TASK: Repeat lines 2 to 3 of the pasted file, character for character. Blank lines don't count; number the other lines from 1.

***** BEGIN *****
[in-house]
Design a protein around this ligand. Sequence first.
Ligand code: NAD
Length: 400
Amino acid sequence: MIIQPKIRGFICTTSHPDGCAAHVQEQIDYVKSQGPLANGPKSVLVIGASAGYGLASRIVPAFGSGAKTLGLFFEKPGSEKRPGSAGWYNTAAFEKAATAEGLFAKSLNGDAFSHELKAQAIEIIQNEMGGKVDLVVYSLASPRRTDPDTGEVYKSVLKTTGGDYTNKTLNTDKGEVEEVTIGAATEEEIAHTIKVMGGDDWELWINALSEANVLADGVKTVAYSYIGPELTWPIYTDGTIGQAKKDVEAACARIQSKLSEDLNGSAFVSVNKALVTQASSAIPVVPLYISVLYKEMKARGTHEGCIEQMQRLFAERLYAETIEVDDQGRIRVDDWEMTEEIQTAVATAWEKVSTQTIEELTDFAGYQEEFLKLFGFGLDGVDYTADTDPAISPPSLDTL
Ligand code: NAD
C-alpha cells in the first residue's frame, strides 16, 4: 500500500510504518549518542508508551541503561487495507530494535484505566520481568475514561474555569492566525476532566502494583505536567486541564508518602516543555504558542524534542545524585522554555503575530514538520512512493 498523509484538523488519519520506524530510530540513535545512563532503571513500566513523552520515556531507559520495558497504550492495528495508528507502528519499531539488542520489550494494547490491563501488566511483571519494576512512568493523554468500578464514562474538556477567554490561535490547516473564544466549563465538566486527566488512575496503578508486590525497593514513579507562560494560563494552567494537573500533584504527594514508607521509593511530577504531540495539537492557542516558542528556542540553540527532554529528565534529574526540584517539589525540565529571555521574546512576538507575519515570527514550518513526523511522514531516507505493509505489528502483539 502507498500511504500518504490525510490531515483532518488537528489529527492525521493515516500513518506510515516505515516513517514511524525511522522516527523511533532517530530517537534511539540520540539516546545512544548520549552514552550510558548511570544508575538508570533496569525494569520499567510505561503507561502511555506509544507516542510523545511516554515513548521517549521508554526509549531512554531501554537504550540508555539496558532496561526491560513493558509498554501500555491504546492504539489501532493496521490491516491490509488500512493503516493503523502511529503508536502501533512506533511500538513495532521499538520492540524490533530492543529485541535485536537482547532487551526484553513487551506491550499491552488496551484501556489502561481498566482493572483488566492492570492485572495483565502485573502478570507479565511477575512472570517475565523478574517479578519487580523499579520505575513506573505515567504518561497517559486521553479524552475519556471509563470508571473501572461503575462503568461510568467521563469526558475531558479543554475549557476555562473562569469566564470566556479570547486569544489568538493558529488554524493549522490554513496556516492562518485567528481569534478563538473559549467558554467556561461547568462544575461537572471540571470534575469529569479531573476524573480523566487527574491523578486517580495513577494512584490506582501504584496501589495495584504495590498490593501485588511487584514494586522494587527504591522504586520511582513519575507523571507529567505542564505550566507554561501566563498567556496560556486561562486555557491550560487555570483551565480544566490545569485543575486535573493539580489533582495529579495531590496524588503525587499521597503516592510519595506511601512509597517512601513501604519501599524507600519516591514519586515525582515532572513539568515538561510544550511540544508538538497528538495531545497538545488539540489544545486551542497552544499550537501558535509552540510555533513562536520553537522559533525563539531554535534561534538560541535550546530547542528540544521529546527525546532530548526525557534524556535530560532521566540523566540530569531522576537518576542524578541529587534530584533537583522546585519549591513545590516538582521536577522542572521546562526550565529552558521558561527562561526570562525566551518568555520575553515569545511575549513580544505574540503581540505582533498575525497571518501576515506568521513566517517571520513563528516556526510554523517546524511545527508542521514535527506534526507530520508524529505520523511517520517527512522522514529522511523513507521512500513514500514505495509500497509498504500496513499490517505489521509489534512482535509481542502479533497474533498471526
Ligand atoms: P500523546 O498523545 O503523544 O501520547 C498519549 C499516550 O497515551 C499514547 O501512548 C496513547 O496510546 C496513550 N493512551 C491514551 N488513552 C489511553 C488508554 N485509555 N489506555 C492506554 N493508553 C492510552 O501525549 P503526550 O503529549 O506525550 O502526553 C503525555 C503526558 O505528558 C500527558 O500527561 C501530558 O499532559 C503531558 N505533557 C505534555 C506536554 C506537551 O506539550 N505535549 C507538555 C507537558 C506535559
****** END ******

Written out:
Design a protein around this ligand. Sequence first.
Ligand code: NAD